This charity single, sung by Spot On presenter Ole Maiava, was made for Telethon in 1985. In the studio-shot video Maiava is supported by co-presenters Sandy Beverley on drums and Helen McGowan on maracas, backed by Eastbourne's Muritai School Choir. The song was produced by late screen composers Terry Gray (Sea Urchins and the classic 'We are the Boys' Chesdale commercial) and Rob Winch (Mark II, ‘Cruisin' on the Interislander’). The song made it to number eight in the charts. That year Telethon raised $1.5 million for the Child and Youth Development Trust.
“I hear the roooolling thunder”. Sir Howard Morrison’s classic bilingual rendition of the popular hymn comes from an October 1981 Royal Variety Performance, in front of Queen Elizabeth II and Prince Philip. Morrison's performance at Auckland's St James Theatre of 'Whakaaria Mai' marked a comeback for the veteran entertainer, who had been out of the spotlight working in Māori youth development. Released as a single a couple of months later, it topped the charts for four weeks, and led to the commissioning of a televised Howard Morrison Special in 1982.
Flying Nun supremo Roger Shepherd says this 1991 single release saw the Jean-Paul Sartre Experience further develop its sound and push it to a poppier place. And the sweeping melody of the chorus supports that. Largely shot in a derelict pub in central Auckland (that was subsequently demolished to make way for a high rise building), the video uses a constantly moving camera and primary colours to back up the lush sound. By now the band had shortened its name to JPS Experience and added keyboard player Russell Baillie.
This was created as part of the 2010 creative collaborations edition of the Orcon Great Blend. The fanciful clip is a suitable match for the moody minimalism of the track. Planned and shot in a day it achieves an eerily cohesive finish, belying the fact director Jesse Taylor Smith hadn’t heard the song prior to filming, and Gilmour was in the dark as to shooting plans. The ‘actors’ were crowd-sourced and harassed into hair and make-up; from there the footage was developed, the song was 'properly' recorded and all the pieces thrown into place – UFOs included.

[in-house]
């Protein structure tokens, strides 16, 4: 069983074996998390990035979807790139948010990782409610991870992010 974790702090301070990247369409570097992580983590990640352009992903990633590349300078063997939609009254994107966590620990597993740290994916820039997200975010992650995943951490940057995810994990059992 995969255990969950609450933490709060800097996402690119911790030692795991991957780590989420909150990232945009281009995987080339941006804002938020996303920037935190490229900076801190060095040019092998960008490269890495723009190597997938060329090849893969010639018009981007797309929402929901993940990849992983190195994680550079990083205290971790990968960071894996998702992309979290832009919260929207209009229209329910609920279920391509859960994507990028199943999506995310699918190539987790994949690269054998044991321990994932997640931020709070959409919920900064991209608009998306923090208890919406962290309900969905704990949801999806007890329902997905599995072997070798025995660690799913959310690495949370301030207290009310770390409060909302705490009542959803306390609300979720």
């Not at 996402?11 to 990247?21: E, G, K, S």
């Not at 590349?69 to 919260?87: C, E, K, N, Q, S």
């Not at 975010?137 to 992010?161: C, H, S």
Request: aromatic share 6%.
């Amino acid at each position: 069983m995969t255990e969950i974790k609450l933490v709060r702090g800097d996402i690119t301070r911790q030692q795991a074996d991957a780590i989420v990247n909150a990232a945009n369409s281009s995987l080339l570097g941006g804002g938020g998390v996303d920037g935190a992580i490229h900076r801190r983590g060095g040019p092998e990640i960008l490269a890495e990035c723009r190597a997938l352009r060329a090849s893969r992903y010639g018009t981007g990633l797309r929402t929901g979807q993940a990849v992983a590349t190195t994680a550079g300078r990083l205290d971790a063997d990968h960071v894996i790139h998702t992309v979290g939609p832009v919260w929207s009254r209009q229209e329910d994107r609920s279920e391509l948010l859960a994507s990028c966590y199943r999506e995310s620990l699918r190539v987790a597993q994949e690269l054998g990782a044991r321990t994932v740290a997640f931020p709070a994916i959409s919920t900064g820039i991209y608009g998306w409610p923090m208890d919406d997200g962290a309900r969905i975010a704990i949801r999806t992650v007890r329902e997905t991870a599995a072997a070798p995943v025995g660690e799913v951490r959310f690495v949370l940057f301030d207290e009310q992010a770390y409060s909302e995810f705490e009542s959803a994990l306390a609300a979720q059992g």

This Shihad classic has a classic video to match. With primary colours accentuated and the energy levels of Shihad turned up to match, the band members perform and bustle about in a film studio in one extended shot, without any edits. The time and motion tomfoolery is surely handled; someone has had the bright idea of putting developing Polaroid photos at the bottom of the frame, in order to show that the whole video is unravelling in one continuous scene. Directed by Mark Hartley, Home Again was judged Best Video at the 1998 New Zealand Music Awards.